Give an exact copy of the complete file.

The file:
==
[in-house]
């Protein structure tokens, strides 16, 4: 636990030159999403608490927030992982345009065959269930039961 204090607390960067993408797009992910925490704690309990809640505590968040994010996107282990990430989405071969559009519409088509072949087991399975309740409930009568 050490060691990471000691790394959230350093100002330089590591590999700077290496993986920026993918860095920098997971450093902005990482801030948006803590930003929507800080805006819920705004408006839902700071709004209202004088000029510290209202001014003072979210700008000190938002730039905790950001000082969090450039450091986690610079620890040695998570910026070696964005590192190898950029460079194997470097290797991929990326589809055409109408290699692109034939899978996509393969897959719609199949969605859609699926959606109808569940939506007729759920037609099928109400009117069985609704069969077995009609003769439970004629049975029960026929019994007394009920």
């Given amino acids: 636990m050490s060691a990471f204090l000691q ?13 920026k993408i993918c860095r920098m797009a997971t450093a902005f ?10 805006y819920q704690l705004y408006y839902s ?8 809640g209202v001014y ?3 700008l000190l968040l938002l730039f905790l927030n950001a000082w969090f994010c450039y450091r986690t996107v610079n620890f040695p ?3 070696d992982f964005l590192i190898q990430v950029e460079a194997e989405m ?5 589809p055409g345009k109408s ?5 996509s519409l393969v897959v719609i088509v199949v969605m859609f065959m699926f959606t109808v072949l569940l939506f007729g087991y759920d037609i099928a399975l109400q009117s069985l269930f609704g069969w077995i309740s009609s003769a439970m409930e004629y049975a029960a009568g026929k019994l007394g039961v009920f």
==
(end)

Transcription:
[in-house]
């Protein structure tokens, strides 16, 4: 636990030159999403608490927030992982345009065959269930039961 204090607390960067993408797009992910925490704690309990809640505590968040994010996107282990990430989405071969559009519409088509072949087991399975309740409930009568 050490060691990471000691790394959230350093100002330089590591590999700077290496993986920026993918860095920098997971450093902005990482801030948006803590930003929507800080805006819920705004408006839902700071709004209202004088000029510290209202001014003072979210700008000190938002730039905790950001000082969090450039450091986690610079620890040695998570910026070696964005590192190898950029460079194997470097290797991929990326589809055409109408290699692109034939899978996509393969897959719609199949969605859609699926959606109808569940939506007729759920037609099928109400009117069985609704069969077995009609003769439970004629049975029960026929019994007394009920």
């Given amino acids: 636990m050490s060691a990471f204090l000691q ?13 920026k993408i993918c860095r920098m797009a997971t450093a902005f ?10 805006y819920q704690l705004y408006y839902s ?8 809640g209202v001014y ?3 700008l000190l968040l938002l730039f905790l927030n950001a000082w969090f994010c450039y450091r986690t996107v610079n620890f040695p ?3 070696d992982f964005l590192i190898q990430v950029e460079a194997e989405m ?5 589809p055409g345009k109408s ?5 996509s519409l393969v897959v719609i088509v199949v969605m859609f065959m699926f959606t109808v072949l569940l939506f007729g087991y759920d037609i099928a399975l109400q009117s069985l269930f609704g069969w077995i309740s009609s003769a439970m409930e004629y049975a029960a009568g026929k019994l007394g039961v009920f």